We may remove messages that are unrelated to the topic, encourage illegal activity, use all capital letters or are unreadable.

Messages that are flagged by readers as objectionable will be reviewed and may or may not be removed. Please do not flag a post simply because you disagree with it.

Sponsored by
Subscribe to Indiana Lawyer
  1. I think the cops are doing a great job locking up criminals. The Murder rates in the inner cities are skyrocketing and you think that too any people are being incarcerated. Maybe we need to lock up more of them. We have the ACLU, BLM, NAACP, Civil right Division of the DOJ, the innocent Project etc. We have court system with an appeal process that can go on for years, with attorneys supplied by the government. I'm confused as to how that translates into the idea that the defendants are not being represented properly. Maybe the attorneys need to do more Pro-Bono work

  2. We do not have 10% of our population (which would mean about 32 million) incarcerated. It's closer to 2%.

  3. If a class action suit or other manner of retribution is possible, count me in. I have email and voicemail from the man. He colluded with opposing counsel, I am certain. My case was damaged so severely it nearly lost me everything and I am still paying dearly.

  4. There's probably a lot of blame that can be cast around for Indiana Tech's abysmal bar passage rate this last February. The folks who decided that Indiana, a state with roughly 16,000 to 18,000 attorneys, needs a fifth law school need to question the motives that drove their support of this project. Others, who have been "strong supporters" of the law school, should likewise ask themselves why they believe this institution should be supported. Is it because it fills some real need in the state? Or is it, instead, nothing more than a resume builder for those who teach there part-time? And others who make excuses for the students' poor performance, especially those who offer nothing more than conspiracy theories to back up their claims--who are they helping? What evidence do they have to support their posturing? Ultimately, though, like most everything in life, whether one succeeds or fails is entirely within one's own hands. At least one student from Indiana Tech proved this when he/she took and passed the February bar. A second Indiana Tech student proved this when they took the bar in another state and passed. As for the remaining 9 who took the bar and didn't pass (apparently, one of the students successfully appealed his/her original score), it's now up to them (and nobody else) to ensure that they pass on their second attempt. These folks should feel no shame; many currently successful practicing attorneys failed the bar exam on their first try. These same attorneys picked themselves up, dusted themselves off, and got back to the rigorous study needed to ensure they would pass on their second go 'round. This is what the Indiana Tech students who didn't pass the first time need to do. Of course, none of this answers such questions as whether Indiana Tech should be accredited by the ABA, whether the school should keep its doors open, or, most importantly, whether it should have even opened its doors in the first place. Those who promoted the idea of a fifth law school in Indiana need to do a lot of soul-searching regarding their decisions. These same people should never be allowed, again, to have a say about the future of legal education in this state or anywhere else. Indiana already has four law schools. That's probably one more than it really needs. But it's more than enough.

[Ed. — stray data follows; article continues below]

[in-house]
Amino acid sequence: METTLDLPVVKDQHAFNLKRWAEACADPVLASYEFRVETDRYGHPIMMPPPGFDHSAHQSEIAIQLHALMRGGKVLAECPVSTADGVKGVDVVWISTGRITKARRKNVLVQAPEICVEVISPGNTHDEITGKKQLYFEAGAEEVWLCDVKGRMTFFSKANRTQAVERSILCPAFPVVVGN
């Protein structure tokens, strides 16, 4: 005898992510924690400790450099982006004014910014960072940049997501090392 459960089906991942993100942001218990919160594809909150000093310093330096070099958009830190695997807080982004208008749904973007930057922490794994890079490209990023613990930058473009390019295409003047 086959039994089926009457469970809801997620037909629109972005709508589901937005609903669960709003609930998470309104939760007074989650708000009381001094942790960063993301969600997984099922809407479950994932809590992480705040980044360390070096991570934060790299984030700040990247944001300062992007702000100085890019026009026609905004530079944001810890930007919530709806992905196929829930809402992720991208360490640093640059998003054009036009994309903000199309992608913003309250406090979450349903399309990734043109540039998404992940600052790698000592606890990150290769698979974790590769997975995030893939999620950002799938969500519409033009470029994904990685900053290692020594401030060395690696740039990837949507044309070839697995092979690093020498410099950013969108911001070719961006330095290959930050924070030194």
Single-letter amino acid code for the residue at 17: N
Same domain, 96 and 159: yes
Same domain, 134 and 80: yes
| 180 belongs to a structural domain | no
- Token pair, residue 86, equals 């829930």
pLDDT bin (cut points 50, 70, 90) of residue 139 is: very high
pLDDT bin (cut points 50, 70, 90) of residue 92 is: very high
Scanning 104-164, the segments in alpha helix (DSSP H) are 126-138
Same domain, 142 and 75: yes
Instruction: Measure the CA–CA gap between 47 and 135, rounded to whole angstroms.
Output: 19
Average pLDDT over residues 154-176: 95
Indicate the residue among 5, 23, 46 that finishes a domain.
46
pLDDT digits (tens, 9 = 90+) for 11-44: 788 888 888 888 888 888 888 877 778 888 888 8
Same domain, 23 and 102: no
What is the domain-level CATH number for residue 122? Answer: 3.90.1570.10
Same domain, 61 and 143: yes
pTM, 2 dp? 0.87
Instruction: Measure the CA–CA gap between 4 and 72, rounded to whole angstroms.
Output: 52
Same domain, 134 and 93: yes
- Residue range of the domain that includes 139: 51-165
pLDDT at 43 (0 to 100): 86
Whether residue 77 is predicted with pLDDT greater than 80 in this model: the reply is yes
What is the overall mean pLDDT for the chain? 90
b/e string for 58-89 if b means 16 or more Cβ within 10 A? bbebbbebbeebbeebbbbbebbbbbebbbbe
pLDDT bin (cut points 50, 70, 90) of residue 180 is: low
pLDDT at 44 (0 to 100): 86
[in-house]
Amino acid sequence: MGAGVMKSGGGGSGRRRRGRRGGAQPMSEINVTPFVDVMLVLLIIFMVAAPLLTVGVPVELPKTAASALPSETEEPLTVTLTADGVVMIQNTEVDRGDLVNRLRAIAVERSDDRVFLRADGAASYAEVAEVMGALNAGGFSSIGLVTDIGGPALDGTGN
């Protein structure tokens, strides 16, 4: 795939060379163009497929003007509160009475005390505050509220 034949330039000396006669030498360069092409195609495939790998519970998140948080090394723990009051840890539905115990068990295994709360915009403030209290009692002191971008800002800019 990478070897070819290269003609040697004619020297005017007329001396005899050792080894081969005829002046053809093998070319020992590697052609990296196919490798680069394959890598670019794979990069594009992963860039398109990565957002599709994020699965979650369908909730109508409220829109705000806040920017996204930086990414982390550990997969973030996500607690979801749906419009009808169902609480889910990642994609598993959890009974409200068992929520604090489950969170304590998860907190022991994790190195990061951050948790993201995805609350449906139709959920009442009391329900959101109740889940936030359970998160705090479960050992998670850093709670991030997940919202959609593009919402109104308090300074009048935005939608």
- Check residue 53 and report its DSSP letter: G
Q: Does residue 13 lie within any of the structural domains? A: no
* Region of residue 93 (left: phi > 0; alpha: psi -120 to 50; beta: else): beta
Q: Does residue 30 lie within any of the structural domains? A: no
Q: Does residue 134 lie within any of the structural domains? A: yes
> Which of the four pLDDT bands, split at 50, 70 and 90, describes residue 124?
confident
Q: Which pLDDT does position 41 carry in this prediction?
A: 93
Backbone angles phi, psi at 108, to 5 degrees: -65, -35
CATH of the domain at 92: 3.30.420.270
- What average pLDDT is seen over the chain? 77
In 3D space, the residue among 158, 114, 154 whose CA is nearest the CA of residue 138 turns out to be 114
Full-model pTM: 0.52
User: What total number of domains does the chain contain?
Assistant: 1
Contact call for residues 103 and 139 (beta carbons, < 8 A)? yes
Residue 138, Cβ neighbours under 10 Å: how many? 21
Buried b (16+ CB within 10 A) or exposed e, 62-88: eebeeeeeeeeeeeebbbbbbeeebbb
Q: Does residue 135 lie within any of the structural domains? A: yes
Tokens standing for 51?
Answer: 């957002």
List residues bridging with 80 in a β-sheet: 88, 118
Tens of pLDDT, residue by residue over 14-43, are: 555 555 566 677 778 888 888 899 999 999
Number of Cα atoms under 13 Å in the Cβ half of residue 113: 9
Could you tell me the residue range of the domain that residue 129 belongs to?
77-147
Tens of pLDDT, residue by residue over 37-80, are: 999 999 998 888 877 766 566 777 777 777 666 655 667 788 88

5. This man Steve Hubbard goes on any online post or forum he can find and tries to push his company. He said court reporters would be obsolete a few years ago, yet here we are. How does he have time to search out every single post about court reporters and even spy in private court reporting forums if his company is so successful???? Dude, get a life. And back to what this post was about, I agree that some national firms cause a huge problem.